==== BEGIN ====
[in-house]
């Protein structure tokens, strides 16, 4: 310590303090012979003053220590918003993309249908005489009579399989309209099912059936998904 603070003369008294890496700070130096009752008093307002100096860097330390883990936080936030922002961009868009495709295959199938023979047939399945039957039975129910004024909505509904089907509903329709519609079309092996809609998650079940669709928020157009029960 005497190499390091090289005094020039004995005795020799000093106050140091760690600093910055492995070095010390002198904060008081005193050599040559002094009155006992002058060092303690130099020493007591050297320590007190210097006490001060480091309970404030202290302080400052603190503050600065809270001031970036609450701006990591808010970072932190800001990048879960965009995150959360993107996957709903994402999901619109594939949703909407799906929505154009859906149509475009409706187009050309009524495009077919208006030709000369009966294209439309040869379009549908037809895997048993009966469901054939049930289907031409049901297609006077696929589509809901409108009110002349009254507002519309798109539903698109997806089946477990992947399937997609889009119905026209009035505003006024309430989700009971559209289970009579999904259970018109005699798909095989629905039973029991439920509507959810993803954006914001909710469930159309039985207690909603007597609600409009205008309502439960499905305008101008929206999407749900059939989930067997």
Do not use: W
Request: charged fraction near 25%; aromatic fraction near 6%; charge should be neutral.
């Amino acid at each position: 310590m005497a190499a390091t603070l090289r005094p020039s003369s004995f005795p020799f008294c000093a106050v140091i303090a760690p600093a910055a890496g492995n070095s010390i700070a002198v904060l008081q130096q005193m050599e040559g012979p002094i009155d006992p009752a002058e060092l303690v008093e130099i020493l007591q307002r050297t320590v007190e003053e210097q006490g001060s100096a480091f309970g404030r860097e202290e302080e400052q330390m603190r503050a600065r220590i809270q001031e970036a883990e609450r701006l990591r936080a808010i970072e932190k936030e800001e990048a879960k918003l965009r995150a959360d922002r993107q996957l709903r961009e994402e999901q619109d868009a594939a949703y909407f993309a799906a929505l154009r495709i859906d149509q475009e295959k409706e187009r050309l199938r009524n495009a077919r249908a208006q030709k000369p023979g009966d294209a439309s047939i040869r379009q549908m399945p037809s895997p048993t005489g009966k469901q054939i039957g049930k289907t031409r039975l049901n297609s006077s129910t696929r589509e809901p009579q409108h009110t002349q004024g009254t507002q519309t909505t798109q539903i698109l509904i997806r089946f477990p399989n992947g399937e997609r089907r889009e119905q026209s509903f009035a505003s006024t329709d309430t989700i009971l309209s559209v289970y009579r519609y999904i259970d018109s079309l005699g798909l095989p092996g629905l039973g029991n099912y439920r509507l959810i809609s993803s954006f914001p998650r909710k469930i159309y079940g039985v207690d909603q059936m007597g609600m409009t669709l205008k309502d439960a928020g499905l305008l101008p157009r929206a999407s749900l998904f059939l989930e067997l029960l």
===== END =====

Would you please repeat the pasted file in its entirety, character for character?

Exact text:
[in-house]
């Protein structure tokens, strides 16, 4: 310590303090012979003053220590918003993309249908005489009579399989309209099912059936998904 603070003369008294890496700070130096009752008093307002100096860097330390883990936080936030922002961009868009495709295959199938023979047939399945039957039975129910004024909505509904089907509903329709519609079309092996809609998650079940669709928020157009029960 005497190499390091090289005094020039004995005795020799000093106050140091760690600093910055492995070095010390002198904060008081005193050599040559002094009155006992002058060092303690130099020493007591050297320590007190210097006490001060480091309970404030202290302080400052603190503050600065809270001031970036609450701006990591808010970072932190800001990048879960965009995150959360993107996957709903994402999901619109594939949703909407799906929505154009859906149509475009409706187009050309009524495009077919208006030709000369009966294209439309040869379009549908037809895997048993009966469901054939049930289907031409049901297609006077696929589509809901409108009110002349009254507002519309798109539903698109997806089946477990992947399937997609889009119905026209009035505003006024309430989700009971559209289970009579999904259970018109005699798909095989629905039973029991439920509507959810993803954006914001909710469930159309039985207690909603007597609600409009205008309502439960499905305008101008929206999407749900059939989930067997």
Do not use: W
Request: charged fraction near 25%; aromatic fraction near 6%; charge should be neutral.
């Amino acid at each position: 310590m005497a190499a390091t603070l090289r005094p020039s003369s004995f005795p020799f008294c000093a106050v140091i303090a760690p600093a910055a890496g492995n070095s010390i700070a002198v904060l008081q130096q005193m050599e040559g012979p002094i009155d006992p009752a002058e060092l303690v008093e130099i020493l007591q307002r050297t320590v007190e003053e210097q006490g001060s100096a480091f309970g404030r860097e202290e302080e400052q330390m603190r503050a600065r220590i809270q001031e970036a883990e609450r701006l990591r936080a808010i970072e932190k936030e800001e990048a879960k918003l965009r995150a959360d922002r993107q996957l709903r961009e994402e999901q619109d868009a594939a949703y909407f993309a799906a929505l154009r495709i859906d149509q475009e295959k409706e187009r050309l199938r009524n495009a077919r249908a208006q030709k000369p023979g009966d294209a439309s047939i040869r379009q549908m399945p037809s895997p048993t005489g009966k469901q054939i039957g049930k289907t031409r039975l049901n297609s006077s129910t696929r589509e809901p009579q409108h009110t002349q004024g009254t507002q519309t909505t798109q539903i698109l509904i997806r089946f477990p399989n992947g399937e997609r089907r889009e119905q026209s509903f009035a505003s006024t329709d309430t989700i009971l309209s559209v289970y009579r519609y999904i259970d018109s079309l005699g798909l095989p092996g629905l039973g029991n099912y439920r509507l959810i809609s993803s954006f914001p998650r909710k469930i159309y079940g039985v207690d909603q059936m007597g609600m409009t669709l205008k309502d439960a928020g499905l305008l101008p157009r929206a999407s749900l998904f059939l989930e067997l029960l």